MANILA (Reuters) - The Philippines’ elections will go ahead as scheduled next Monday, authorities said, despite last minute problems with electronic balloting machines that raised doubts about the nationwide vote.
The use of an automated system has long raised fears of fraud and a failed vote, and Tuesday’s recall of some 76,000 faulty memory cards to be used in the machines had prompted the government to propose delaying the poll by two weeks.
“Now is the time to work together as a people and as a nation,” Commission on Elections (Comelec) commissioner Gregorio Larrazabal said in a televised address Wednesday.
“Those who are liable will be held liable, those who are negligent will be held accountable, but for now, let us work together to ensure that the elections will work on May 10, 2010.”
Larrazabal said the new cards would be sent, tested and sealed by the eve of the poll, when more than 50 million Filipinos are eligible to vote for president and nearly 18,000 national and local positions.
Combined with the hit global markets took from concerns that Greece’s problems could spread, speculation of a delayed vote helped knocked the peso down 0.9 percent to a low of 45.04 per dollar, its weakest in a month.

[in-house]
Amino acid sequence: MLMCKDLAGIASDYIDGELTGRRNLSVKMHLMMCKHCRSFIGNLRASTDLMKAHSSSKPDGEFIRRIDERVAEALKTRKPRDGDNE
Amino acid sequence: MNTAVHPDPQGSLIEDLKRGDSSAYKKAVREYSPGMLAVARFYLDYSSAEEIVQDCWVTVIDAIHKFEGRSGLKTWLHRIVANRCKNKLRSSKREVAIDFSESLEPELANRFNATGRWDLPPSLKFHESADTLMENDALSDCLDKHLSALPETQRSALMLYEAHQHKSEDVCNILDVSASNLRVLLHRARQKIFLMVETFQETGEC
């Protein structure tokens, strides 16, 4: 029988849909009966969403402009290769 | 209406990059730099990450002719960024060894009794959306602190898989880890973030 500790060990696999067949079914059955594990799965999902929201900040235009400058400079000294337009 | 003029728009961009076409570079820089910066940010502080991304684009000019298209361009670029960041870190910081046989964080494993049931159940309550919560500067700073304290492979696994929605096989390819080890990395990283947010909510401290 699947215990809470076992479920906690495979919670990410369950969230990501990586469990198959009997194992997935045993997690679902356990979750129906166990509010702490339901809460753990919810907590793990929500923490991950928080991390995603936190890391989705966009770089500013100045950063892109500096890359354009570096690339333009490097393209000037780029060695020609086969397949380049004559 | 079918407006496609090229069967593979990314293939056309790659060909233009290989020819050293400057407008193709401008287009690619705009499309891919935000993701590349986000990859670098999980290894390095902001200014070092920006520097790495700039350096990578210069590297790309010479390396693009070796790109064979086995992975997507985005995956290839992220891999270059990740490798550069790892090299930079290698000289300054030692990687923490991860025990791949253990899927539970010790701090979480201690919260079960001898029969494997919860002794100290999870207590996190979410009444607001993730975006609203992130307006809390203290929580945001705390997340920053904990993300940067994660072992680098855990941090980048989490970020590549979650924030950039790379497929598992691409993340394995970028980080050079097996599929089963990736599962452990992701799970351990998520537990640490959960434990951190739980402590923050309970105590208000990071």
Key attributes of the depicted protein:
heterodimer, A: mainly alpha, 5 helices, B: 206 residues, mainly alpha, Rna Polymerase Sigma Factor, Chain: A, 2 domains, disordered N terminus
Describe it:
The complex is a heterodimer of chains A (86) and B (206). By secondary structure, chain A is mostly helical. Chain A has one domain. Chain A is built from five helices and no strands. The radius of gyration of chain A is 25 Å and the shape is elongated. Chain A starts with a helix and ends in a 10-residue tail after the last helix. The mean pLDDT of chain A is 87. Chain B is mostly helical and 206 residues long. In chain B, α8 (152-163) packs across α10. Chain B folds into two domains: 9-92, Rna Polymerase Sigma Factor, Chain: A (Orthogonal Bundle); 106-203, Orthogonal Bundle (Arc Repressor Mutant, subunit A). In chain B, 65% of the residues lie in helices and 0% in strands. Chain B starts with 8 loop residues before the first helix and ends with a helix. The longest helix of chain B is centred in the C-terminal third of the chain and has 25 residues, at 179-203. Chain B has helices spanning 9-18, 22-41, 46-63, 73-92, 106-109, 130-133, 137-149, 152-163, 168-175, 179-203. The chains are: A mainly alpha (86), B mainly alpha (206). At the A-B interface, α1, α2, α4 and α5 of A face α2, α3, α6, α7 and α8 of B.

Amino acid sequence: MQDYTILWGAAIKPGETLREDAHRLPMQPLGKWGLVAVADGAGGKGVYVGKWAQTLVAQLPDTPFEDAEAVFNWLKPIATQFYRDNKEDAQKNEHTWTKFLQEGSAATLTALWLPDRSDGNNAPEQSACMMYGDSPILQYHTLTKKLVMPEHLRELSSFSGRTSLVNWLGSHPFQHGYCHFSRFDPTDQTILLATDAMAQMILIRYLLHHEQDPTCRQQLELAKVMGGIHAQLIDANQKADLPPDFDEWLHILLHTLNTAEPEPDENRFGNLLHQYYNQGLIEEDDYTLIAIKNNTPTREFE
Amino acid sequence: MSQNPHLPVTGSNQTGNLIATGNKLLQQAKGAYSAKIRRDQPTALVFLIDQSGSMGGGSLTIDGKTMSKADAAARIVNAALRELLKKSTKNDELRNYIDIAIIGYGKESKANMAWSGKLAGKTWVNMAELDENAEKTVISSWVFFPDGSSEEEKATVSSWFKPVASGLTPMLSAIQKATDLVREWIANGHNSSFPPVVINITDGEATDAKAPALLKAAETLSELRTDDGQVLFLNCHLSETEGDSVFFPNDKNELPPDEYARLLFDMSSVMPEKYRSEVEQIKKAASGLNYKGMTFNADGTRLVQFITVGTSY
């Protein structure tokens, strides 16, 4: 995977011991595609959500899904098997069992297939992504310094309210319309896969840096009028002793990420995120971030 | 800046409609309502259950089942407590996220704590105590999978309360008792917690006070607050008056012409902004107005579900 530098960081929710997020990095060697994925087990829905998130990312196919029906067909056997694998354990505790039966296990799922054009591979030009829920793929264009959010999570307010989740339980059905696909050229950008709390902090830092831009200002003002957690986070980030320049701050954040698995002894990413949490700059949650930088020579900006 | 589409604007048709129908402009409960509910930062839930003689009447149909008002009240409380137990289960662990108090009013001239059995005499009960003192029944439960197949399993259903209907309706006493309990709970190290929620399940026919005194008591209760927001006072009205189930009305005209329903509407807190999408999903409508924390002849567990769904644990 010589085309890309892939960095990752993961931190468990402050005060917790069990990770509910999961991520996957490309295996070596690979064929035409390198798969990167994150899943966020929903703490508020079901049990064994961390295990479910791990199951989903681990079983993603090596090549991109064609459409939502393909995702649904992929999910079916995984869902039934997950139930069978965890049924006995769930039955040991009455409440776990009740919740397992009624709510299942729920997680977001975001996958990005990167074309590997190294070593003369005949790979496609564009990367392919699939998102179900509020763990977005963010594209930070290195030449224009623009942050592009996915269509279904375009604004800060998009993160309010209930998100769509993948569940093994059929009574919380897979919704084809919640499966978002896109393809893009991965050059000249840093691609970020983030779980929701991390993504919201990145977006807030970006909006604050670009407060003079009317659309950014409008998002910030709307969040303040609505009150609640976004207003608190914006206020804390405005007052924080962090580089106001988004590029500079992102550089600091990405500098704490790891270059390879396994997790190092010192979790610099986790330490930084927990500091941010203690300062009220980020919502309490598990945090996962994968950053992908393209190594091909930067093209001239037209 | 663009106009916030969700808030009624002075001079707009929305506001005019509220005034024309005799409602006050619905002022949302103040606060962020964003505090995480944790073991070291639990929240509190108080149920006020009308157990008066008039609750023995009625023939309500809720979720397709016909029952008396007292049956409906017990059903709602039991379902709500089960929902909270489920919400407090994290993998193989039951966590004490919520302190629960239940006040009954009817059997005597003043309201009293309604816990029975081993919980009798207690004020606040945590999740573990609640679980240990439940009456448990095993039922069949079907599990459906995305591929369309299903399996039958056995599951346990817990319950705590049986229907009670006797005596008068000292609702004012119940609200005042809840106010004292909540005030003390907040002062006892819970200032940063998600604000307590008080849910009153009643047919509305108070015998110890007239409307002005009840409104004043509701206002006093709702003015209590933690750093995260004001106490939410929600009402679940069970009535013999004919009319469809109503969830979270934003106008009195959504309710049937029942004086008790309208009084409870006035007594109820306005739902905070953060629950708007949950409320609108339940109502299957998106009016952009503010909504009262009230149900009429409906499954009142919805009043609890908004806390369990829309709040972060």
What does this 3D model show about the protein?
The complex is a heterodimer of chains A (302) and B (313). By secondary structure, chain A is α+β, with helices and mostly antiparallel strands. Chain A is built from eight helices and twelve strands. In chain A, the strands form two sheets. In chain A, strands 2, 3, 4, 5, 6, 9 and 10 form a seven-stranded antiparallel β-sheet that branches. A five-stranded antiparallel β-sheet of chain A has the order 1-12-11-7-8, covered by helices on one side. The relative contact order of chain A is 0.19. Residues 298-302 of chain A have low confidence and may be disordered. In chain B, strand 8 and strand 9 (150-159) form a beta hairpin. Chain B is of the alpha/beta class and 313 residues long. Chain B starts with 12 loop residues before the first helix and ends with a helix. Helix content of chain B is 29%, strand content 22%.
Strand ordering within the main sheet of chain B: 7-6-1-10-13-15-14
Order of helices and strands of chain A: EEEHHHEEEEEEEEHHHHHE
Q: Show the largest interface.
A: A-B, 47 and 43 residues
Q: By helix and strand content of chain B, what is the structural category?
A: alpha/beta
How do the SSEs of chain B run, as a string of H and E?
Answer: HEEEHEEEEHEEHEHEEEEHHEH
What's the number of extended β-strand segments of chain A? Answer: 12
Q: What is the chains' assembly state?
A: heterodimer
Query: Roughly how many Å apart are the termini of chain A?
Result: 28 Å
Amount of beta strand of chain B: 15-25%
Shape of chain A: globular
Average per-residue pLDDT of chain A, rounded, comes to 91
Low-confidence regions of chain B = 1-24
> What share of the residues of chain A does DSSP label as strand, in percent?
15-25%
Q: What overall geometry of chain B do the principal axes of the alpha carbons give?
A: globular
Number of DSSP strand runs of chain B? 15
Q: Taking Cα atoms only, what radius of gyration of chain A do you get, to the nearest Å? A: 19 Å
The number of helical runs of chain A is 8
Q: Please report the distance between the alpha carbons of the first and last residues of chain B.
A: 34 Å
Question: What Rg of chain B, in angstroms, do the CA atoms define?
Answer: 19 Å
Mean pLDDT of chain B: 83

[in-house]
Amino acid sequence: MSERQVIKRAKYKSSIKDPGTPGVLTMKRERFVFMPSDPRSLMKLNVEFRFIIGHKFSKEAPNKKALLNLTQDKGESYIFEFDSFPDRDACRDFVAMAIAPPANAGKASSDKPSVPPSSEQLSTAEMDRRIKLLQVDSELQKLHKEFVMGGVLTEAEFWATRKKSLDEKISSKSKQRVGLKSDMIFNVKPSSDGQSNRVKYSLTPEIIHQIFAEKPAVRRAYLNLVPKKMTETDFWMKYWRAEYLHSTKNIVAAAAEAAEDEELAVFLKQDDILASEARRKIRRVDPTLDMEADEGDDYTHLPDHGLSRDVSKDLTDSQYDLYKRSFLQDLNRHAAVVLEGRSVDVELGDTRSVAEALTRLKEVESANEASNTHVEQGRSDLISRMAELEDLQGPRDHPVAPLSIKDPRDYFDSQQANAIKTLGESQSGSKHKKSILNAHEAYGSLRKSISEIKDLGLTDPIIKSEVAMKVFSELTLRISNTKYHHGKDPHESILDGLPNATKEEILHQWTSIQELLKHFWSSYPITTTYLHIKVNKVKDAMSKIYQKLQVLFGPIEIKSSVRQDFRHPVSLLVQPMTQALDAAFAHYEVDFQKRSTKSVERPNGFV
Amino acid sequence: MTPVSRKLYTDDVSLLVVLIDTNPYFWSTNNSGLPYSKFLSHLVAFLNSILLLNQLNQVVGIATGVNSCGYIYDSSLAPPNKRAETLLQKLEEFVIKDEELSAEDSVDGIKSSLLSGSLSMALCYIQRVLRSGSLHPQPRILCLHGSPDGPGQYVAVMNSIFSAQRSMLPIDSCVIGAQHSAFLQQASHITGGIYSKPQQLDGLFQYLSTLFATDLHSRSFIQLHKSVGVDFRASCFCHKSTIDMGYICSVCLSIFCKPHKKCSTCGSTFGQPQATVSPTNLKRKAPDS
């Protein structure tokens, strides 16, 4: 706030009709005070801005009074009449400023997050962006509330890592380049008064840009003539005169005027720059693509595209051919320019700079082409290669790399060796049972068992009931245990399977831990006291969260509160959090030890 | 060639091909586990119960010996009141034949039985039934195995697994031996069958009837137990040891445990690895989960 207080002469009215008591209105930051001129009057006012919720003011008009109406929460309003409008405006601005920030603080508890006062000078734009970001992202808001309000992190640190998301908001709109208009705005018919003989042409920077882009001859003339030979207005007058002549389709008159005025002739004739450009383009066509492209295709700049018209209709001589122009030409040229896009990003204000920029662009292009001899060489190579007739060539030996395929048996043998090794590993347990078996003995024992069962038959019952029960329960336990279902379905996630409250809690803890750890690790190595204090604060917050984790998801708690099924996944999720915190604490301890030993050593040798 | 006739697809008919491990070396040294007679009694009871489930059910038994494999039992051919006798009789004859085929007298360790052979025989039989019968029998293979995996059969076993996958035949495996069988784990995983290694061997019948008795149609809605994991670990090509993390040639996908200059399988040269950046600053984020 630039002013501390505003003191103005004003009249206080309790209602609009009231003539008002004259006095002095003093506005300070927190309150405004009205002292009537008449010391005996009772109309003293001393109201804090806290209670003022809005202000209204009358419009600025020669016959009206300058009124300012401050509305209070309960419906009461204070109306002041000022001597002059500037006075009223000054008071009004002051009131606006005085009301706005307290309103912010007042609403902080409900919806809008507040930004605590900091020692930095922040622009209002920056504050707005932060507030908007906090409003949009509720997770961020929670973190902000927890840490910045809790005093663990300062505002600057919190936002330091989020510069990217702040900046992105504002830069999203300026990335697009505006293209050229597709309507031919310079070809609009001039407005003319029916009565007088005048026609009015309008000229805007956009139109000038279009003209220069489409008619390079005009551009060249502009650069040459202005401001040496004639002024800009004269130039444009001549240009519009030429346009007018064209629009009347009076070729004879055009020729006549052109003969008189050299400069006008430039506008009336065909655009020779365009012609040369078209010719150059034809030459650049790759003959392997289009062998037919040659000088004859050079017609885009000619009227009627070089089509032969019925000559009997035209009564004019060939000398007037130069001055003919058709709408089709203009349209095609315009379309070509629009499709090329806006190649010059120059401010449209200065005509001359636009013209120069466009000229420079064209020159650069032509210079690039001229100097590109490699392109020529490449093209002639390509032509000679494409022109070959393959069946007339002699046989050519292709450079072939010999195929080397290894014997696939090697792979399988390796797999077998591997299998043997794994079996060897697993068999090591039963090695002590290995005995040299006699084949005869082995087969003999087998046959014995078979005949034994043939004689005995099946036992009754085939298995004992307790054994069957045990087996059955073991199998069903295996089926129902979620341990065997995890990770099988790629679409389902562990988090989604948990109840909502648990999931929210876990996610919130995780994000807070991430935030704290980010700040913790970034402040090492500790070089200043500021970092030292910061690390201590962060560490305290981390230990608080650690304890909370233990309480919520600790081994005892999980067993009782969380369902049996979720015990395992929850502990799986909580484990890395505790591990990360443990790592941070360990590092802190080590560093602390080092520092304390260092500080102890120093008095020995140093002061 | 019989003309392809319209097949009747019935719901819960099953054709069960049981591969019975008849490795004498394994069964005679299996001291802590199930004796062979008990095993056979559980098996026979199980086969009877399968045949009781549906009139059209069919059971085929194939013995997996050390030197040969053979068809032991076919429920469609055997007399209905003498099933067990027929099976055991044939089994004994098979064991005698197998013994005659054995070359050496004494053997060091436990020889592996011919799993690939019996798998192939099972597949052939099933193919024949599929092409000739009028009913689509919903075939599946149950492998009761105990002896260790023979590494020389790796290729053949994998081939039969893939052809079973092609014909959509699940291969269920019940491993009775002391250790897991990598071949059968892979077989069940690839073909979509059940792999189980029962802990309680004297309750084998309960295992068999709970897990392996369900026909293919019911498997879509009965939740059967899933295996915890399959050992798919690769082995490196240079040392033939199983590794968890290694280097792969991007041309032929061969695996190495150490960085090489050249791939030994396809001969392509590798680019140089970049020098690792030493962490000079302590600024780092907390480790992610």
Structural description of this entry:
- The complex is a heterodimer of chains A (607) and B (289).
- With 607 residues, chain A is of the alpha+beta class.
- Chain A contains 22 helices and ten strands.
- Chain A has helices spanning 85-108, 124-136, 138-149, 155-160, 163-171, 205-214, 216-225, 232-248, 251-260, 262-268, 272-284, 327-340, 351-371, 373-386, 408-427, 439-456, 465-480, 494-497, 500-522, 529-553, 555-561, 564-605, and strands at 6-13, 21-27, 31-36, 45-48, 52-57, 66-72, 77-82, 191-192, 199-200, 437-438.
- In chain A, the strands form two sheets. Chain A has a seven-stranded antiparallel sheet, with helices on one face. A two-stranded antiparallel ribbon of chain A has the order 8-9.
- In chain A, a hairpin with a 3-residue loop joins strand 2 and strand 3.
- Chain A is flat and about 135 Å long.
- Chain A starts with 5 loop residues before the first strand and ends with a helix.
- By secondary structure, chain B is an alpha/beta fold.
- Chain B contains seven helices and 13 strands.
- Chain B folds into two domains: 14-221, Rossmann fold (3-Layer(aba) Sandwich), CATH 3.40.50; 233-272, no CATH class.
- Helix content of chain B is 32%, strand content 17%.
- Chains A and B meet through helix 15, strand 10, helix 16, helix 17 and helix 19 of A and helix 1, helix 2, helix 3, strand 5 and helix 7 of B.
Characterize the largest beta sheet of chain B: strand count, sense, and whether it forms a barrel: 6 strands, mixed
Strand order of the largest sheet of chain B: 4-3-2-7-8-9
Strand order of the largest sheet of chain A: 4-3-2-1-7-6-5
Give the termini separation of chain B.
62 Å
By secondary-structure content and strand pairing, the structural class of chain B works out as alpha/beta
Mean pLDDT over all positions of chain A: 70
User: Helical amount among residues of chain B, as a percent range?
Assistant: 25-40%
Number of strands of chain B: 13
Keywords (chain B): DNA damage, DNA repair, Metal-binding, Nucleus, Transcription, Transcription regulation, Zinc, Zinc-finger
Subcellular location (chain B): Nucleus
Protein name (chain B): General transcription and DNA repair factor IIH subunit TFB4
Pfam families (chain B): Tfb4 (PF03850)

The stock market fell 3.5 percent, its biggest daily fall since June last year, to its lowest close in two weeks, ahead of the decision to proceed with the vote.
“With only five days to go before the exercise, this indeed does not serve to lift confidence,” said Justino Calaycay of Accord Capital Equities.
Benito Lim, political science professor at the Ateneo de Manila University, said some of President Gloria Macapagal Arroyo’s allies might be thinking of keeping her in power longer for their own personal interests.
“I am not surprised by the government’s move to propose a two-week delay in the elections, some people probably have a different and dangerous agenda,” Lim told Reuters.
Arroyo is ineligible to stand for the presidency again, but is running for a seat in the lower house of Congress.
Leading presidential candidate Senator Benigno “Noynoy” Aquino has said he will investigate allegations of corruption, election fraud and rights abuses against Arroyo and her administration.
Aquino has opened a double-digit lead over Senator Manuel “Manny” Villar and former president Joseph Estrada to be the clear favourite.
Support for Aquino, only son of Cory Aquino, the country’s revered democracy icon, was further boosted when a large Christian group, Iglesia ni Cristo (Church of Christ), endorsed him Wednesday, which should deliver him about 3-4 million votes.
The current administration’s presidential candidate, Gilberto “Gibo” Teodoro is running a distant fourth in opinion polls.
Aquino and Villar’s respective parties, the Liberal Party and Nacionalista Party, have said the proposed delay is unconstitutional.
Editing by John Mair and Jeremy Laurence